A Challenge to Our Civic Leaders: Lift the Hood on Climate Misinformation

A sophisticated campaign to manufacture doubt about climate change and discredit climate scientists has used a similar “how-to handbook for fact fighters” and a familiar lineup of some of the same professional “doubtmongers” involved with the tobacco industy’s denial of the science linking its products with cancer in the 1960s. Merchants of Doubt, written in 2010 by Harvard professor Naomi Oreskes and Erik Conway and to be released as a documentary film this week, exposes the strategies of the “public relations exercise” of pushing the “product of doubt” to maintain industry profits.

Some of the campaign’s recycled talking points take direct aim at the agendas, ethics, and honor of our civic leaders, policy makers, and public servants – ultimately intending to undermine the public trust – for example, by claiming that: “Too often, science is manipulated to fulfill a political agenda; Government agencies, too often, betray the public trust by violating principles of good science in a desire to achieve a political goal; Public policy decisions that are based on bad science impose enormous economic costs on all aspects of society.”

Oreskes explains, “But this is part of the strategy, too. These people put words in other people’s mouths, and then they act all outraged about it, and they spread the claim that you said something that you never said. And then they threaten to sue you for it.”

As suggested by Graham Readfearn, it’s up to each of us – especially our civic leaders – to “lift the hood on the climate denial machine to reveal its hidden workings.”  Because as age-old wisdom has taught us, the devil is in the details. And these details will have a monumental effect on the future of our children and generations to come.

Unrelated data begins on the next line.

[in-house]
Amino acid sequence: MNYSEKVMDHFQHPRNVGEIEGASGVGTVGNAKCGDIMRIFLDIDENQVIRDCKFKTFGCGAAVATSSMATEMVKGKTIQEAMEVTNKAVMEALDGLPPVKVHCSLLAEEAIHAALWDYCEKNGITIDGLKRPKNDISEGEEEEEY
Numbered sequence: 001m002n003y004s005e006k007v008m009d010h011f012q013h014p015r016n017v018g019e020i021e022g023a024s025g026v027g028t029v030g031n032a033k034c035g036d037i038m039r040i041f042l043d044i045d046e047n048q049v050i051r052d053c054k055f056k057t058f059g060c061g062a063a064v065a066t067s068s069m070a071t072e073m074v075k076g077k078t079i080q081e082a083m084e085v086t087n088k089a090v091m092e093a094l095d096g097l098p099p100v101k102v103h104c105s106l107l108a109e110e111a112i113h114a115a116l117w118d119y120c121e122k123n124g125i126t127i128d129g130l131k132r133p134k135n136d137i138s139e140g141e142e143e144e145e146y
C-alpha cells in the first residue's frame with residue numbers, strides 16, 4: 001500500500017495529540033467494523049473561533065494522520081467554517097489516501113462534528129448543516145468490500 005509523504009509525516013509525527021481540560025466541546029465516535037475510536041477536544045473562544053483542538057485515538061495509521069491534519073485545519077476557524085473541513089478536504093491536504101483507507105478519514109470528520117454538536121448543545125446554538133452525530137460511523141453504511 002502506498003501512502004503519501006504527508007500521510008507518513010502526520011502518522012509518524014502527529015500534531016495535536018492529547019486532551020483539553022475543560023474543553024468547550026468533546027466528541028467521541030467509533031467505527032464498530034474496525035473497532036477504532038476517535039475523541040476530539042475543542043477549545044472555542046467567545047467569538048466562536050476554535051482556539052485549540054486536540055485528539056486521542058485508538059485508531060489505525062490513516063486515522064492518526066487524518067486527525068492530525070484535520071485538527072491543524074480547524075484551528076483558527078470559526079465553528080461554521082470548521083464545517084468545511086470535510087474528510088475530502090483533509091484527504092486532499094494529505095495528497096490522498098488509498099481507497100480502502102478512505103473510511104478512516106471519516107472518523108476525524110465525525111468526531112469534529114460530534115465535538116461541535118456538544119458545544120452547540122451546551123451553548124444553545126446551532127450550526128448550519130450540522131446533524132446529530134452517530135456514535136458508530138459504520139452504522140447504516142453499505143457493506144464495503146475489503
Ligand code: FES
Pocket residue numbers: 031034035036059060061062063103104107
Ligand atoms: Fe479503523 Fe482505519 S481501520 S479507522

Doubt over climate science is a product with an industry behind it

By Graham Readfearn | The Guardian | March 5, 2015

It’s a product that you can find in newspaper columns and TV talk shows and in conversations over drinks, at barbecues, in taxi rides and in political speeches.

You can find this product in bookstores, on sponsored speaking tours, in the letters pages of local newspapers and even at United Nations climate change talks.

This product is doubt – doubt about the causes and impacts of climate change, the impartiality of climate scientists, the world’s temperature records, the height of the oceans and basic atmospheric physics.

There’s doubt too about the “agenda” of policy makers and government environment agencies and a continued attempt to politicise climate science as “leftist”.

There’s also doubt over the role renewable energy might play now and in the future.

Yet where it matters most, in the leading scientific journals in the world, any doubt that burning fossil fuels is causing the planet to heat up is almost nowhere to be seen.

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